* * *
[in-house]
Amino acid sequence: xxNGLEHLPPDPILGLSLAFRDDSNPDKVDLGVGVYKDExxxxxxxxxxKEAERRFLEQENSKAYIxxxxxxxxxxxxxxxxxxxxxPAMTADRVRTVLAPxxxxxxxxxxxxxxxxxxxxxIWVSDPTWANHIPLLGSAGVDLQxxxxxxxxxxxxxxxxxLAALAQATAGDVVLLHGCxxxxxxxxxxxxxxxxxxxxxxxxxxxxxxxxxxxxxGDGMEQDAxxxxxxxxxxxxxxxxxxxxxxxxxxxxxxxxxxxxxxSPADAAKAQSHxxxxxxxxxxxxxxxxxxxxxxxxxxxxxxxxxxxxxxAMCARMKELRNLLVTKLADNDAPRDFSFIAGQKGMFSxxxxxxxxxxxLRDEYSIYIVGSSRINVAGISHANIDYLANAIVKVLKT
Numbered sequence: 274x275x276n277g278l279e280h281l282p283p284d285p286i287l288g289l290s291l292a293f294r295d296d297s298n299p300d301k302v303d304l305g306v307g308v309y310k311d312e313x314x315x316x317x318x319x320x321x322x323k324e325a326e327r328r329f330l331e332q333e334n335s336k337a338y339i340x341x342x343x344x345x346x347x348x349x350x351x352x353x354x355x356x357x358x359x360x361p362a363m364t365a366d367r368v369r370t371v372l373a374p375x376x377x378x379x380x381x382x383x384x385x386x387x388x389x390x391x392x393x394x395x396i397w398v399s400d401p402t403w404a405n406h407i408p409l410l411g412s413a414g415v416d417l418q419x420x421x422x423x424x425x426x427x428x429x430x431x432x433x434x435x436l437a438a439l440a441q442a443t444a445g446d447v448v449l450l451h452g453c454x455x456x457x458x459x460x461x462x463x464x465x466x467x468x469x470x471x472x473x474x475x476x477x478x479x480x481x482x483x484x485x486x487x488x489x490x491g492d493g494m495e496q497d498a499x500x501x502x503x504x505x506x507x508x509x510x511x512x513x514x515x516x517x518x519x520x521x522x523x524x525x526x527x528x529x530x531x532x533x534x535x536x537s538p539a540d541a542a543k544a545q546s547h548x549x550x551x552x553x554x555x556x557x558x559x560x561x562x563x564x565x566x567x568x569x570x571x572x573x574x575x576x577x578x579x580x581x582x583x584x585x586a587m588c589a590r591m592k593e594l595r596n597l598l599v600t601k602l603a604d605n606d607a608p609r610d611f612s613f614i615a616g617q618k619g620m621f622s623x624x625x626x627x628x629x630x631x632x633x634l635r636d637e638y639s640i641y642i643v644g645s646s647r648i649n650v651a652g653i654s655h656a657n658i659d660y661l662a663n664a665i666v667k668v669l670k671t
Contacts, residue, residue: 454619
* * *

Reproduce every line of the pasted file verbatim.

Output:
[in-house]
Amino acid sequence: xxNGLEHLPPDPILGLSLAFRDDSNPDKVDLGVGVYKDExxxxxxxxxxKEAERRFLEQENSKAYIxxxxxxxxxxxxxxxxxxxxxPAMTADRVRTVLAPxxxxxxxxxxxxxxxxxxxxxIWVSDPTWANHIPLLGSAGVDLQxxxxxxxxxxxxxxxxxLAALAQATAGDVVLLHGCxxxxxxxxxxxxxxxxxxxxxxxxxxxxxxxxxxxxxGDGMEQDAxxxxxxxxxxxxxxxxxxxxxxxxxxxxxxxxxxxxxxSPADAAKAQSHxxxxxxxxxxxxxxxxxxxxxxxxxxxxxxxxxxxxxxAMCARMKELRNLLVTKLADNDAPRDFSFIAGQKGMFSxxxxxxxxxxxLRDEYSIYIVGSSRINVAGISHANIDYLANAIVKVLKT
Numbered sequence: 274x275x276n277g278l279e280h281l282p283p284d285p286i287l288g289l290s291l292a293f294r295d296d297s298n299p300d301k302v303d304l305g306v307g308v309y310k311d312e313x314x315x316x317x318x319x320x321x322x323k324e325a326e327r328r329f330l331e332q333e334n335s336k337a338y339i340x341x342x343x344x345x346x347x348x349x350x351x352x353x354x355x356x357x358x359x360x361p362a363m364t365a366d367r368v369r370t371v372l373a374p375x376x377x378x379x380x381x382x383x384x385x386x387x388x389x390x391x392x393x394x395x396i397w398v399s400d401p402t403w404a405n406h407i408p409l410l411g412s413a414g415v416d417l418q419x420x421x422x423x424x425x426x427x428x429x430x431x432x433x434x435x436l437a438a439l440a441q442a443t444a445g446d447v448v449l450l451h452g453c454x455x456x457x458x459x460x461x462x463x464x465x466x467x468x469x470x471x472x473x474x475x476x477x478x479x480x481x482x483x484x485x486x487x488x489x490x491g492d493g494m495e496q497d498a499x500x501x502x503x504x505x506x507x508x509x510x511x512x513x514x515x516x517x518x519x520x521x522x523x524x525x526x527x528x529x530x531x532x533x534x535x536x537s538p539a540d541a542a543k544a545q546s547h548x549x550x551x552x553x554x555x556x557x558x559x560x561x562x563x564x565x566x567x568x569x570x571x572x573x574x575x576x577x578x579x580x581x582x583x584x585x586a587m588c589a590r591m592k593e594l595r596n597l598l599v600t601k602l603a604d605n606d607a608p609r610d611f612s613f614i615a616g617q618k619g620m621f622s623x624x625x626x627x628x629x630x631x632x633x634l635r636d637e638y639s640i641y642i643v644g645s646s647r648i649n650v651a652g653i654s655h656a657n658i659d660y661l662a663n664a665i666v667k668v669l670k671t
Contacts, residue, residue: 454619